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Europe + Mediterranean: Convective phenomena at high resolution over Europe and the Mediterranean

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Damaging weather events are often associated with extreme convective precipitation (Ducrocq et al. 2014). Convective cells occur due to rapidly ascending motions in areas of moisture convergence in regions of conditionally unstable atmospheric stratification. They can form anywhere in Europe and in Mediterranean areas, over homogeneous plains, or can develop from orographic barriers, land/sea or urban/rural contrasts. Convection induces a variety of potentially severe consequences such as heavy rainfall, flash floods, short-lived windstorms, hail and/or lightning.

Climate change potentially alters convection, making extreme precipitation more extreme, and also potentially modifying large-scale conditions (atmospheric circulation and stratification) making convection less or more favorable. This induces changes in return periods of precipitation extremes.

The study of convective precipitation events and their evolution under human-induced climate change is therefore of particular importance, and it is also timely:

  • Large field campaigns dedicated to the study of heavy precipitation events such as HyMeX (Ducrocq et al., 2014) and gridded high-resolution precipitation datasets (typically hourly, kilometer scale) , often merging station and radar data (Wüest et al. 2010, Delrieu et al. 2014) now provide a wealth of observations;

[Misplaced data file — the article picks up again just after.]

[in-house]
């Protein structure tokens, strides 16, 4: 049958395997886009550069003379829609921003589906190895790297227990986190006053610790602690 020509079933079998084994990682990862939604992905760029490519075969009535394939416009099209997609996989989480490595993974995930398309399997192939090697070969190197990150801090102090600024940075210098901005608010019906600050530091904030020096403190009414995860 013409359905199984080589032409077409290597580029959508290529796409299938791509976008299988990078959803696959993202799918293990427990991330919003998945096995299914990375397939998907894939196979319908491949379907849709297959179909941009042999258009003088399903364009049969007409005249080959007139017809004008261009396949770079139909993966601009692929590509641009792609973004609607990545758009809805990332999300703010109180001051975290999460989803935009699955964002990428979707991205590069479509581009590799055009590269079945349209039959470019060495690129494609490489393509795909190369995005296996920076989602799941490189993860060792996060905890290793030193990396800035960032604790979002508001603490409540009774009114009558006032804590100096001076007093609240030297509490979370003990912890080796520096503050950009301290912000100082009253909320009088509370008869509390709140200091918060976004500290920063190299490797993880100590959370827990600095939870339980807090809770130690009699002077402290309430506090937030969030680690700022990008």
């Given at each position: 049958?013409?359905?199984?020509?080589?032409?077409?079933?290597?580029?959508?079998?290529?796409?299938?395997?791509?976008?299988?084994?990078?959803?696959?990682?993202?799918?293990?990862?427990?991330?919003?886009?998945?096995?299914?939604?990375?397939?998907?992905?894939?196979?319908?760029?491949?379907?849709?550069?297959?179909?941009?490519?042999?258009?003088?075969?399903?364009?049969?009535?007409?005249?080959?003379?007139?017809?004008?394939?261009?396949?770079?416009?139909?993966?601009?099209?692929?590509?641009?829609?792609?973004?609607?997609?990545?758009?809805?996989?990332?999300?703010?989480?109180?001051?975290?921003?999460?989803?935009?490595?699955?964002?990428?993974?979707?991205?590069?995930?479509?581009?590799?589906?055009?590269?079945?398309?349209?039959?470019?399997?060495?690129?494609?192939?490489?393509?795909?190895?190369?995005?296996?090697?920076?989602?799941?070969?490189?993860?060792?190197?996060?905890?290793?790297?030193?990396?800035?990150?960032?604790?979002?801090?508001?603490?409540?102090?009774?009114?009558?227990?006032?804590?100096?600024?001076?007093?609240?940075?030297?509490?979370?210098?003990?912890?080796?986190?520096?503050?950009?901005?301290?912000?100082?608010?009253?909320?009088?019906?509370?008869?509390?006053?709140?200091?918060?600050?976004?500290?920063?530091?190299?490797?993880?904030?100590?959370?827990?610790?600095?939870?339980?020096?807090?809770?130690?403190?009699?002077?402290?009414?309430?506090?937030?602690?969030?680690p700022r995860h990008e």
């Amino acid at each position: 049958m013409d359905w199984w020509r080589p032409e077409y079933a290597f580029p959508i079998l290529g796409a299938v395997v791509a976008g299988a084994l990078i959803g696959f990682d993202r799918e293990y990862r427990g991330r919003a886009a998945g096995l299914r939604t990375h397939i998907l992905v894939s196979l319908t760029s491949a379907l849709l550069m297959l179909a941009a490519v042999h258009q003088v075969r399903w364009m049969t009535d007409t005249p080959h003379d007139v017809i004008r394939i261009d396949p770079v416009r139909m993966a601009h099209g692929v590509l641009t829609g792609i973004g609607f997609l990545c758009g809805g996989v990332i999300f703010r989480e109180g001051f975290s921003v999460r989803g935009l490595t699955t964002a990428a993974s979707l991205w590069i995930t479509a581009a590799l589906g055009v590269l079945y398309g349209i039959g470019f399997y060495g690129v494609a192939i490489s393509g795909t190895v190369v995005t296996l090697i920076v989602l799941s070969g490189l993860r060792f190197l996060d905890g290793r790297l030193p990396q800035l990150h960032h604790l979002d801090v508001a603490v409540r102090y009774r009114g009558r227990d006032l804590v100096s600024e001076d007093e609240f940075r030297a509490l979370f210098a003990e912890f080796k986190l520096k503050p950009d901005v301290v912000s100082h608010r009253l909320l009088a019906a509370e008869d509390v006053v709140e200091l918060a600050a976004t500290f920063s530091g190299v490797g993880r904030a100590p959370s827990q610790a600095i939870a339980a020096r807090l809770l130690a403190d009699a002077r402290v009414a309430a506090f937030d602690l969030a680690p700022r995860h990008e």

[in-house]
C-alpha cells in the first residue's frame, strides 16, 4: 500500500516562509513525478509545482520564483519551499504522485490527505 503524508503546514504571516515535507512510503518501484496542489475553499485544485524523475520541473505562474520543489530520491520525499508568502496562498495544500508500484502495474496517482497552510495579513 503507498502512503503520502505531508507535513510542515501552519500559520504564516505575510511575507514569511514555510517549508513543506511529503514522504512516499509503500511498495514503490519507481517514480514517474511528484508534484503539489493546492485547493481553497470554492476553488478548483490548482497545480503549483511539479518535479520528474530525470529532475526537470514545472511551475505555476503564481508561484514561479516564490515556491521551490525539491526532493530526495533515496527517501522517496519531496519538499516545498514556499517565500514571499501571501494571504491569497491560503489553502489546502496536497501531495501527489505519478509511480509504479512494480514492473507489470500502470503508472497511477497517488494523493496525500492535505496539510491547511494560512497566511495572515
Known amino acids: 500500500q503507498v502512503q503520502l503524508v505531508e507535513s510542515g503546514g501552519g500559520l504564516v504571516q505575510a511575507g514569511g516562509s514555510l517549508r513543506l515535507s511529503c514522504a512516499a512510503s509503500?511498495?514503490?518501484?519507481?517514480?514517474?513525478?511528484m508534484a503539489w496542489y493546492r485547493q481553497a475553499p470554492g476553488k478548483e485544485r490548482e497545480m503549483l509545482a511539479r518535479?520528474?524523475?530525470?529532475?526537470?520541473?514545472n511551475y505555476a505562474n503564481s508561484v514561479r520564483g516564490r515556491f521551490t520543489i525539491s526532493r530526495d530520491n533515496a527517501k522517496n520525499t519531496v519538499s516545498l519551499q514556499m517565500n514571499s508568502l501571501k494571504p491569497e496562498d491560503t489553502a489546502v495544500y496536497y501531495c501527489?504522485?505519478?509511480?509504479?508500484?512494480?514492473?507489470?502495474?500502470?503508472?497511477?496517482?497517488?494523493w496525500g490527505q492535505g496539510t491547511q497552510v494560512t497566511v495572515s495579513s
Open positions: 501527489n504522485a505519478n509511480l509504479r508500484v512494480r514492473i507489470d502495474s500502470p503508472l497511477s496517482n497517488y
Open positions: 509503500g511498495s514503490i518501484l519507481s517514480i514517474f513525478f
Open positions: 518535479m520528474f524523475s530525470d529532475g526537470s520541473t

• Computer capacity and model development now allow limited-area convection-permitting climate simulations at longer time-scales (Kendon et al., 2012, 2014; Ban et al., 2014, 2015, Leutwyler et al., http://www.c2sm.ethz.ch/research/crCLIM.html), enabeling a quantum jump in atmospheric climate modeling;
  • Homogeneous observation data sets collected over the years now unveil emerging trend signals in most extreme precipitations, particularly at sub-daily time scales (Westra et al., 2014) and in Mediterranean and Alpine mountain ranges (Vautard et al., 2015; Scherrer et al. 2016)
  • Several issues linked to detection, attribution, and downscaling of the very localized consequences of extreme convective events can now benefit from recent progress in advanced statistical methods combined with advances in dynamical modeling (Beaulant et al., 2011).

Convective extreme events are a priority under the WCRP Grand Challenge on climate extremes, because they carry both society-relevant and scientific challenges that can be tackled in the coming years. Further, “coordinated modeling programs are crucially needed to advance parameterizations of unresolved physics and to assess the full potential of CPMs” (Prein et al., 2015)

The proposal reflects a number of FPS criteria and aims to enlist research groups beyond the current CORDEX community. Present and future convective extremes and their processes will be investigated with models at convection-permitting resolutions over selected sub-regions of Europe and the Mediterranean. Advanced statistical techniques will also be employed in parallel to evaluate the performance of dynamical models and to, potentially, serve as emulators of convective extremes, as well as detect and attribute their changes. The added value of fine scale representation of convection will be rigorously evaluated with respect to both coarser resolution simulations up to GCM scales and VIA applications. The availability of observational datasets at very high resolutions in both space and time allows unprecedented evaluation opportunities. The FPS mobilizes the Euro- and Med-CORDEX communities and is also open to new partners who bring fresh perspectives and expertise to bear on issues surrounding convective phenomena.